Author(s): Frederic Migayrou
Le Corbusier (1887-1965) - visionary architect, urban planner and theorist of modernity, and also an accomplished painter and sculptor - made a profound impression on the 20th century in dramatically changing architectural design and the way people lived in it. This new book, coinciding with a major retrospective at the Centre Pompidou in Paris, shows the output of this major figure in modernity through the idea of human proportions, the human body being essential as a universal principle defining all aspects of architecture and spatial composition. Le Corbusier: The Measures of Man offers a fresh journey through his work. While the modernist Le Corbusier who created Purist architecture is often pitted against the post-war Le Corbusier, exponent of a concrete Brutalism and more organic forms, the book demonstrates how his entire approach in fact was perfectly seamless. The essays are arranged in five chapters: The Constants of Eurythmia, The Housed Body, The Dimensions of Anthropometry, The Inexpressible Space, and The Universal Man. They are complemented by five visual sections featuring a wealth of illustrations, showing the entire range of Le Corbusier's unceasing creativity, and include much previously unpublished or little-known material.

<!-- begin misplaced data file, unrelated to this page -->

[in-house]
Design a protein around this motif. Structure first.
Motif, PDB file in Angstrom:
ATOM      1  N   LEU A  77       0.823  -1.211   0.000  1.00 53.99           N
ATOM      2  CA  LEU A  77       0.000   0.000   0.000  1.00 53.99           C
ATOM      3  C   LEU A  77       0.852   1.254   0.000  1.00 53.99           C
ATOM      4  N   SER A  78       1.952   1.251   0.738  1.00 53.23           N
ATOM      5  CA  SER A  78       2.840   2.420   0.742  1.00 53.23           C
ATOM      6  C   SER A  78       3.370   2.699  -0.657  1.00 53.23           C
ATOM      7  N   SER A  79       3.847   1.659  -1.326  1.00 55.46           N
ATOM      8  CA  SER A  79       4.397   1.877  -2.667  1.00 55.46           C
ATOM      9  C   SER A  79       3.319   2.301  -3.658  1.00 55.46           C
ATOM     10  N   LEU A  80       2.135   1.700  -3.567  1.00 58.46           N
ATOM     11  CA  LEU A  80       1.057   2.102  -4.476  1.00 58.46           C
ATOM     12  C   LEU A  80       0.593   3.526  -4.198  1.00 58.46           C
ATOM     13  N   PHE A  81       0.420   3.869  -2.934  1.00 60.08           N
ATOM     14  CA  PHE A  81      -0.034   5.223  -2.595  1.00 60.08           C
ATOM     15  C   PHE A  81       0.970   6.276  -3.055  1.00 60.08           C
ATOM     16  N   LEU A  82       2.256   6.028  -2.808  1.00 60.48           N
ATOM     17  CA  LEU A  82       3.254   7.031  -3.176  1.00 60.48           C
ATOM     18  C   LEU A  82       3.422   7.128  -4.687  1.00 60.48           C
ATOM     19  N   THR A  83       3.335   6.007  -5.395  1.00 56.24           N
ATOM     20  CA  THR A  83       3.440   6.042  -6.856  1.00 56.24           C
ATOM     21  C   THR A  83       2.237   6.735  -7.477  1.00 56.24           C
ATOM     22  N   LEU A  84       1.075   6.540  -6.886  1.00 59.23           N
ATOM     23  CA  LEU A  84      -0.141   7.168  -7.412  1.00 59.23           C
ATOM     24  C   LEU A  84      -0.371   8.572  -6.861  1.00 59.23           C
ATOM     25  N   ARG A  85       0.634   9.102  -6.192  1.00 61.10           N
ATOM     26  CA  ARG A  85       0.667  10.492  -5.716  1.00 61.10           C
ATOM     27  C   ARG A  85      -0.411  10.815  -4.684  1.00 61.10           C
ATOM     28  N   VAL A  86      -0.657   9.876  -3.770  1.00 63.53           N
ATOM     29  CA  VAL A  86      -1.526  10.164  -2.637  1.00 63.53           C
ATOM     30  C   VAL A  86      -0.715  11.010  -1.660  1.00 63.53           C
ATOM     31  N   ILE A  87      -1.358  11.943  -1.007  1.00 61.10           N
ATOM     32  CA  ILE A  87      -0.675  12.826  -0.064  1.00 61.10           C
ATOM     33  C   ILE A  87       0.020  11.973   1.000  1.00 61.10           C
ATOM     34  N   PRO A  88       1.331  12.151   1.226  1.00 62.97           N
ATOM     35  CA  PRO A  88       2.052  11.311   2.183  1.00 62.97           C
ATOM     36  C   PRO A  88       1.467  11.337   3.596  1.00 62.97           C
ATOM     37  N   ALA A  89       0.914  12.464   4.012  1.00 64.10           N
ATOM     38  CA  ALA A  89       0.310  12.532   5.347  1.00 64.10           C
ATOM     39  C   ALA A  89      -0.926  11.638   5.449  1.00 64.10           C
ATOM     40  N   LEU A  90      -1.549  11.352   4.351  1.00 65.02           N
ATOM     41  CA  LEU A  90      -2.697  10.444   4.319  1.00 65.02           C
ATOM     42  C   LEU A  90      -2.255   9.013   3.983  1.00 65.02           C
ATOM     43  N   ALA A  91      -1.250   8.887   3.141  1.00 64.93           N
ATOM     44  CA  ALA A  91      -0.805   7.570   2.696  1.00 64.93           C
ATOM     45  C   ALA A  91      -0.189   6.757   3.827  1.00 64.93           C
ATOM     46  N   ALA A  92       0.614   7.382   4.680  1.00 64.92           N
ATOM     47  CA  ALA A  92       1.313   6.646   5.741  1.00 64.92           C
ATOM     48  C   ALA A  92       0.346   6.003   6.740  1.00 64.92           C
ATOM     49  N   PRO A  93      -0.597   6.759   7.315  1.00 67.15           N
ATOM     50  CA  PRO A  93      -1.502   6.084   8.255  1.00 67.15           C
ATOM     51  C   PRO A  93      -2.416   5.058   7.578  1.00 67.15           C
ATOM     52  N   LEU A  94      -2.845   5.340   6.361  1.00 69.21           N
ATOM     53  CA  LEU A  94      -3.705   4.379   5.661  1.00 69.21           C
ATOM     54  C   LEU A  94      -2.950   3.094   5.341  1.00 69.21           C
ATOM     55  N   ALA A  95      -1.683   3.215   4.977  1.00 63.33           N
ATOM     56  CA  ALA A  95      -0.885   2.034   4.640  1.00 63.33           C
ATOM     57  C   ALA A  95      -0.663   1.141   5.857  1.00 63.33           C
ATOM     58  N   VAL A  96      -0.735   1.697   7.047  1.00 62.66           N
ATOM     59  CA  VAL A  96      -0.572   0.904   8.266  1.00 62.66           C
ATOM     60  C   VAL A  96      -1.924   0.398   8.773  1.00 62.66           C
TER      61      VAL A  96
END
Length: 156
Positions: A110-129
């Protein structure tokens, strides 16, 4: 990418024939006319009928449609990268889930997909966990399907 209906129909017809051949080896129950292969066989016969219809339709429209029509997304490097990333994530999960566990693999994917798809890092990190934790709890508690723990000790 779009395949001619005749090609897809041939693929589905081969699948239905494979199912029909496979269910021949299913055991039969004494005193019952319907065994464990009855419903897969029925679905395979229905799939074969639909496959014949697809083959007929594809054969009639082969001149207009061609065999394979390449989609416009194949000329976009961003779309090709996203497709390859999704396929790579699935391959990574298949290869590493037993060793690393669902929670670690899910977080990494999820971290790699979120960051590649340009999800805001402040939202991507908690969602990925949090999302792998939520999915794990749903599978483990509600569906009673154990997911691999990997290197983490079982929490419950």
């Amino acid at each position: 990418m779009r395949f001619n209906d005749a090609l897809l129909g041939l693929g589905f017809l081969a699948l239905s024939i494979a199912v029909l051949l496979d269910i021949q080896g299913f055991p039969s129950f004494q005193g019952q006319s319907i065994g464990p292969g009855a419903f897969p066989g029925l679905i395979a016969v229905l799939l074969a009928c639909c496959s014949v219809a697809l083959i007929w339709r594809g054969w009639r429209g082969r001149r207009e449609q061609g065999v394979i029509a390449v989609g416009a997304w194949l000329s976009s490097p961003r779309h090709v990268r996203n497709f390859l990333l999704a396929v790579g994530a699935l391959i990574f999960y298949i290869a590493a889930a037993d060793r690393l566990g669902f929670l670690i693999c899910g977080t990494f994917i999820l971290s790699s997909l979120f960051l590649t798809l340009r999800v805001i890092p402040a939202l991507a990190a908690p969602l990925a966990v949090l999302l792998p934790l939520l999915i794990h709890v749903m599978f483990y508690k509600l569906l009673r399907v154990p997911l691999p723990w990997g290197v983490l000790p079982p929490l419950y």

Olivier Cinqualbre is an architect and architectural historian. He is curator of the architectural collection at the Musee National d'Art Moderne, Centre Georges Pompidou in Paris. Frederic Migayrou is deputy director of the Musee National d Art Moderne, Centre Georges Pompidou in Paris and chief curator of its department of industrial design. He is also a Professor of Architecture at London s Bartlett School of Architecture.